Alice in Nazi-Land // How Prince Philip’s Mother Rescued Jews

Shira Leibowitz Schmidt

The coronation of Queen Elizabeth II was the most glamorous world event of 1953, indeed of the entire decade. Several pairs of white steeds pulled the golden carriage transporting Queen Elizabeth and her husband Prince Philip. An honor guard was decked out in orange and black. Millions lined the streets of London. But there was one solitary figure marching in the long coronation procession who was not glamorous and not glittering. This woman was Alice, a rather obscure figure, despite the fact that she was the mother of Prince Philip. Standing out in stark contrast to the people festooned in festive finery, Princess Alice walked alone in the royal procession, draped in a simple grey nun’s habit.

To the masses, this lone figure held no appeal. But in reality, she was the most consequential person there. Unbeknownst to most of the crowd, Princess Alice was a true hero. During the WWII (which had ended only eight years before), she had established and operated a network of soup kitchens, took myriad war orphans under her wing, and most heroically of all, had hidden and saved an entire Jewish family in Athens, who sheltered with her in Nazi-occupied Athens in 1943.

Since the passing of Prince Philip last week at the age of 99, there has been renewed interest in exploring and retelling both his history and that of his enigmatic mother, Princess Alice of Greece. To learn how the three trajectories intersected (of Prince Philip, Princess Alice, and the Cohens—the Jewish family she saved), I spoke this week at length with Evy Cohen, a granddaughter of Mrs. Rachel Cohen, one of the beneficiaries of Princess Alice’s courage during the Nazi occupation of Athens in 1944.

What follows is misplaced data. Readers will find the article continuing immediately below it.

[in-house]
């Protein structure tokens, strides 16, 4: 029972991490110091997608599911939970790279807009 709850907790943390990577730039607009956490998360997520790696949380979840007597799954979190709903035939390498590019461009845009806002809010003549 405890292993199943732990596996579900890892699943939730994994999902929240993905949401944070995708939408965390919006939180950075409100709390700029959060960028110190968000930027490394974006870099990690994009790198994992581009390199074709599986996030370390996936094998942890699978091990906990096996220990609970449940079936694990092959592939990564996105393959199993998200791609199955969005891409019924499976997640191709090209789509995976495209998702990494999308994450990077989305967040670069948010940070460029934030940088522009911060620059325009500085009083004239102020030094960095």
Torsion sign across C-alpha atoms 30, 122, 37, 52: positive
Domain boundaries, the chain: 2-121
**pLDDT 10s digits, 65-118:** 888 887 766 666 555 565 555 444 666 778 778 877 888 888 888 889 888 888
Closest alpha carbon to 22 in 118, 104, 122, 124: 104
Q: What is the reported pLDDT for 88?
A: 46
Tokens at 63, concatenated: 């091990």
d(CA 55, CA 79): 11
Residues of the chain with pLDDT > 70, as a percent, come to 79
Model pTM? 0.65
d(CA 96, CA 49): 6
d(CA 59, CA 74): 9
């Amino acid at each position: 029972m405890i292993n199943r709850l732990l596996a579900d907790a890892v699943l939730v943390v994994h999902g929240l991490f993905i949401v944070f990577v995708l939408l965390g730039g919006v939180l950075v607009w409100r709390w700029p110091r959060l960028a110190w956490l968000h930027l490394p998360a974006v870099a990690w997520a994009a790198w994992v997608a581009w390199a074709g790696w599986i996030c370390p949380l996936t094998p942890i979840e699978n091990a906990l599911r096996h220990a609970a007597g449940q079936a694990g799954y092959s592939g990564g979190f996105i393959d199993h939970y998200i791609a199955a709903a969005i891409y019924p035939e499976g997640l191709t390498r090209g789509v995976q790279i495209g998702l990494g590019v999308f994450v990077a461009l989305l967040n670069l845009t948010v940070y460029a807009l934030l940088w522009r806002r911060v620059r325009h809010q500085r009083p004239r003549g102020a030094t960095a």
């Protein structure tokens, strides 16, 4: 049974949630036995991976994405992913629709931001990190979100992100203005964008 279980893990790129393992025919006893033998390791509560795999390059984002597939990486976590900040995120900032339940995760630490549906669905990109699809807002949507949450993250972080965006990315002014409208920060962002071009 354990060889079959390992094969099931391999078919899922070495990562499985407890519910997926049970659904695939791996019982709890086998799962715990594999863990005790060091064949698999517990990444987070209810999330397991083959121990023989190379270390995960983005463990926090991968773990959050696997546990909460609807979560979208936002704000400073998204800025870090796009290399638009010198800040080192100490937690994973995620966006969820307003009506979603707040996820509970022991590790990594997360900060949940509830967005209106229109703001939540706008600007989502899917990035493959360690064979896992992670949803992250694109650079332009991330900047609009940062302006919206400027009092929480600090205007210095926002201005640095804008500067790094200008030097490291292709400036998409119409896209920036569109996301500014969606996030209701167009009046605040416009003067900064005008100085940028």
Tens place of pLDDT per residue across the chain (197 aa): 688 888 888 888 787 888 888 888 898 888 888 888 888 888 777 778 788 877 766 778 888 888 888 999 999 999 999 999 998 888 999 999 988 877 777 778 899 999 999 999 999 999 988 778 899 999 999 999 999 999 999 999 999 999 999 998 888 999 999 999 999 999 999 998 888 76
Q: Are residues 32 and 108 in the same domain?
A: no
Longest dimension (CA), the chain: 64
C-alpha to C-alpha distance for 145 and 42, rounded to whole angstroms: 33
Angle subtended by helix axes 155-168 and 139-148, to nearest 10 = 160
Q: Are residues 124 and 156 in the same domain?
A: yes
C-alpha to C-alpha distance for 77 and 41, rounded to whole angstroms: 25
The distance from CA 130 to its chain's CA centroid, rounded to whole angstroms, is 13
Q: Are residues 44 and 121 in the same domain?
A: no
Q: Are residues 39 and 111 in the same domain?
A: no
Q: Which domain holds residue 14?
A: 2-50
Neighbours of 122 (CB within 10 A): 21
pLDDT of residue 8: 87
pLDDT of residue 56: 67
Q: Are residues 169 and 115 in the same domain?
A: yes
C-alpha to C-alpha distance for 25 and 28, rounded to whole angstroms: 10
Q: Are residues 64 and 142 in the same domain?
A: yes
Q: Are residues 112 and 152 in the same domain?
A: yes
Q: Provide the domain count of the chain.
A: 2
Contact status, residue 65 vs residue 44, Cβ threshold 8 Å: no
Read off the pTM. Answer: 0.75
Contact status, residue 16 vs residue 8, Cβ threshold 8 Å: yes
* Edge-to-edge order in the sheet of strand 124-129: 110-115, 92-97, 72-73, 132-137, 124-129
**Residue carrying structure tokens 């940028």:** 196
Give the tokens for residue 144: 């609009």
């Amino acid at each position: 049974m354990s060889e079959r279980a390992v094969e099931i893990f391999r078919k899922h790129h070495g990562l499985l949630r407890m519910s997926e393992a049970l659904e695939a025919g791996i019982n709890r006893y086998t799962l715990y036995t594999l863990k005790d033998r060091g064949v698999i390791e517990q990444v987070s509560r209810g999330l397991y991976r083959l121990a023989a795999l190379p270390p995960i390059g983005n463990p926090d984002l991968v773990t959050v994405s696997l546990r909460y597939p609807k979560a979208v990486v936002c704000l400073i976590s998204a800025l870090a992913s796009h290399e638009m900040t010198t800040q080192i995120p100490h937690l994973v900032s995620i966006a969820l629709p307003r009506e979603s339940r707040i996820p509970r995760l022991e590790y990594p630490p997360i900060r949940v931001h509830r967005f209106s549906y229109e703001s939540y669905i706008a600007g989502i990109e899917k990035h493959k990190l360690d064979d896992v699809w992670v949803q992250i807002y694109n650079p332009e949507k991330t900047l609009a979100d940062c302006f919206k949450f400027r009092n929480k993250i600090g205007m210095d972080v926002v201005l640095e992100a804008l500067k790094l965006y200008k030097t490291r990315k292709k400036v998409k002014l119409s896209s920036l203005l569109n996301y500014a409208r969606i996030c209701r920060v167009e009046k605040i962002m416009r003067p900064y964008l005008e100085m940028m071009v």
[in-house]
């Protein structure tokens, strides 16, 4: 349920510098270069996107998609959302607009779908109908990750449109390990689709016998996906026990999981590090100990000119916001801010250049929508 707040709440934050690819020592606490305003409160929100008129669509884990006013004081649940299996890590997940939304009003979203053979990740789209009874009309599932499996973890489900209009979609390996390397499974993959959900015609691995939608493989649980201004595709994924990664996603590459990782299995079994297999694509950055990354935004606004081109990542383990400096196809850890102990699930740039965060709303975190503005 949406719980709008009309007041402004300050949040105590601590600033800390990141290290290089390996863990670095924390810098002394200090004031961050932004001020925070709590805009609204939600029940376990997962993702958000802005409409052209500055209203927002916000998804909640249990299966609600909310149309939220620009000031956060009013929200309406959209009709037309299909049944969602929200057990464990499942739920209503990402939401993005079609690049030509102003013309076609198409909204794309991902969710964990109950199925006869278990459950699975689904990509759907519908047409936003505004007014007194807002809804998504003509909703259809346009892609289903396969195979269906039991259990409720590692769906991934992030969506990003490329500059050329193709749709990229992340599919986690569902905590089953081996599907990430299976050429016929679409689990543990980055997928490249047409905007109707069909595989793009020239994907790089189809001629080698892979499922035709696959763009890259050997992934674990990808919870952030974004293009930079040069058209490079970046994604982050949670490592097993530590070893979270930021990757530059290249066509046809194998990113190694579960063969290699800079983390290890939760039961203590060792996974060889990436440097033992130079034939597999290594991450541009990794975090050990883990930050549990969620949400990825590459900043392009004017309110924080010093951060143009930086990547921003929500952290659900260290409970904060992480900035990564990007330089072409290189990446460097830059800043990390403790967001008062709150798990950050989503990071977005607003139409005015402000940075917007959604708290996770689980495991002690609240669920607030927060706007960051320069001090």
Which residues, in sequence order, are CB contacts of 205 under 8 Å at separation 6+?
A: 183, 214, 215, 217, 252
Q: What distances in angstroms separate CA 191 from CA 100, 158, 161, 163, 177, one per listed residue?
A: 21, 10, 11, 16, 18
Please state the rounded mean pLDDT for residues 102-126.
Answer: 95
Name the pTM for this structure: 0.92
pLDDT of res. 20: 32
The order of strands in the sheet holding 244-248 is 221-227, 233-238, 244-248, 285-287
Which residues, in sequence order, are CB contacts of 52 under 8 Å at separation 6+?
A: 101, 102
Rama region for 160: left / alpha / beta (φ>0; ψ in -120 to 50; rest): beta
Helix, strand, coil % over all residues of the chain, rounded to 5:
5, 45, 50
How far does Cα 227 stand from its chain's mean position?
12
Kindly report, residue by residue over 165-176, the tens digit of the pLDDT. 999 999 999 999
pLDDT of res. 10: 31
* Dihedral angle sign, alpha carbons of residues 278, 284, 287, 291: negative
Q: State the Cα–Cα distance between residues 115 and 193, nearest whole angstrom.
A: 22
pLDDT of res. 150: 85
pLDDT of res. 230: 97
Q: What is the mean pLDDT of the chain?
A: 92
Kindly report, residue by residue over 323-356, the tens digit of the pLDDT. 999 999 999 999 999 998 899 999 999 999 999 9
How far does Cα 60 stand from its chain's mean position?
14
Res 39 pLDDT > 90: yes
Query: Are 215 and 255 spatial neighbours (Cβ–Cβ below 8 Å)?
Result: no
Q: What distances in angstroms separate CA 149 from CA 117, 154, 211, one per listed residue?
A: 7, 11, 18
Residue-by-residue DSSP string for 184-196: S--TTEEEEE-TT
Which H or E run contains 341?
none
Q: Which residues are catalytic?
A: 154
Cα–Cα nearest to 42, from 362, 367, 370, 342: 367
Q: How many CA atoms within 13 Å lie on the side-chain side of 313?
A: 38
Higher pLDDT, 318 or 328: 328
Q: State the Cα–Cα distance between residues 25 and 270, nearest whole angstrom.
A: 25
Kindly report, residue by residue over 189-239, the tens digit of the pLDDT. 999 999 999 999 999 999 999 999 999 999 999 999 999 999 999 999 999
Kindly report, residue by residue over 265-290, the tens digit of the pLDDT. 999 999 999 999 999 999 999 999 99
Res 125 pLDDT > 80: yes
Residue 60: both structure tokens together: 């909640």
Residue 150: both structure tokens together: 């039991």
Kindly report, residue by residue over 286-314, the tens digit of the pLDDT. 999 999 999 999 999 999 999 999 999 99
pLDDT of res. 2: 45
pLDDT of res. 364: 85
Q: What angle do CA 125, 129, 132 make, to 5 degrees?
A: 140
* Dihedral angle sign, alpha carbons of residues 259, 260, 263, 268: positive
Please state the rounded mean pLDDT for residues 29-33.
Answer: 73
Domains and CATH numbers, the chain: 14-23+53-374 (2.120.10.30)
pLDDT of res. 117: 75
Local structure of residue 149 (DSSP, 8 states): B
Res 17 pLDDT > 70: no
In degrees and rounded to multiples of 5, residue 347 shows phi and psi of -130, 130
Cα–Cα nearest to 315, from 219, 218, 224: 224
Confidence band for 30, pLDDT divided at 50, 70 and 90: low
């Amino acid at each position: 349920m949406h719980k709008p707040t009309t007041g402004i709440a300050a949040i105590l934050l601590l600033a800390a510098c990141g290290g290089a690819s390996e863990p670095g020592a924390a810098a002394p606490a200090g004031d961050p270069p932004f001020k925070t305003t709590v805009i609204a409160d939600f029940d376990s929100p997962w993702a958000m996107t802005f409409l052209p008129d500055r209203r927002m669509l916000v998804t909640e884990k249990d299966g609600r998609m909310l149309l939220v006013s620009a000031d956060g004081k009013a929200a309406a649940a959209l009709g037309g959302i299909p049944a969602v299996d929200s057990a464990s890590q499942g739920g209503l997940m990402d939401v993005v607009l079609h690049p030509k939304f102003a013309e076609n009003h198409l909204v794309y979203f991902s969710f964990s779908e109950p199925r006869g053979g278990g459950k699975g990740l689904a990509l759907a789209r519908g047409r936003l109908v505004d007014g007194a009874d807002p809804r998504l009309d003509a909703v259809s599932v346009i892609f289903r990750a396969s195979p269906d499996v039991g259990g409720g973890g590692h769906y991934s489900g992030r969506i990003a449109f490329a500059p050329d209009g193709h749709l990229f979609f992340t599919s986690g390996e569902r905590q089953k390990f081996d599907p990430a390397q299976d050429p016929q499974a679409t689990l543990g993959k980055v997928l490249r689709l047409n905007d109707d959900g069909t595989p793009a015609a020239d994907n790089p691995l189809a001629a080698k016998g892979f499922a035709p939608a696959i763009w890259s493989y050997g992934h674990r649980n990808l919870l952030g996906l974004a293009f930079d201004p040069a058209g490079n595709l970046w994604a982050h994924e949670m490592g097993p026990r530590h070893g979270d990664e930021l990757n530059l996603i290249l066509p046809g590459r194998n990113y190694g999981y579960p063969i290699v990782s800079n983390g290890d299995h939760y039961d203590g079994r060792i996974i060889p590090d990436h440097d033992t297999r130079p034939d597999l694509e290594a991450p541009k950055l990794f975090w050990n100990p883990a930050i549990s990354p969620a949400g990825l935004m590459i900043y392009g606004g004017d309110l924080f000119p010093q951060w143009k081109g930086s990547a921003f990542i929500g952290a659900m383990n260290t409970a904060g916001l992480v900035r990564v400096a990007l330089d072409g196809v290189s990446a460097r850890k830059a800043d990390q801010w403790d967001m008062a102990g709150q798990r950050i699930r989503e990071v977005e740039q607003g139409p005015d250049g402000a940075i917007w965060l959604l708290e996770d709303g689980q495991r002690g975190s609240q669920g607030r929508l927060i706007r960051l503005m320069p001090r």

Trajectory of Princess Alice
Alice was born with a silver spoon in her mouth in 1885 in Windsor Castle, in the presence of Queen Victoria, her great-grandmother. She was slow and indistinct in her speech, and soon her family realized that she was deaf. Her mother did not mollycoddle her and insisted the girl learn to read lips in both languages used at home, German and English. Her mother instructed the family not to repeat things if Alice did not understand. The youngster thrived on this tough-love approach and lip-read and spoke both languages. Later she was to add Greek and French to her repertoire.

When Princess Alice of Battenberg was 18, she married Prince Andrew, the youngest son of Greece’s King George. Within a space of ten years they had four girls. Despite her punctilious fulfillment of her duties to the Crown, early on, Alice demonstrated that she possessed a mind of her own. During the pre-World War I Balkan War, she took off to the battlefields as a field nurse and participated in medical operations. In 1921, the couple finally had a boy, Philip, born on the Greek island of Corfu. About a year later, the family had to flee from Greece because of political unrest, and settled in France.

Having overcome the limitations that her physical disability of deafness had originally posed, Alice now faced a new challenge—but this time the illness fell under the rubric of mental health issues. While living in France, Alice felt she was receiving divine messages, and the situation became so severe that in 1930 the family members whisked her away to a mental health facility, where she was diagnosed with paranoid schizophrenia. This was traumatic for the nine-year-old Philip, whose father, Prince Andrew, was also absent. During the two years of her hospitalization, her four daughters married German princes, and Alice was not able to attend any of their weddings. Meanwhile, Philip was sent to live in a boarding school in England.

In 1938, Princess Alice returned to Athens, her mental health restored. World War II found her organizing soup kitchens for the poor and shelters for orphans. She also served as a volunteer for medical aide organizations. In 1944, she came to the rescue of a widow, Mrs. Rachel Cohen, along with her daughter and sons, Greek Jews who had relocated from Thessaloniki (Salonika) to Athens. Rachel’s granddaughter Evy, who has studied the family history in depth, gave me a behind-the-scenes description of how this rescue operation took place.

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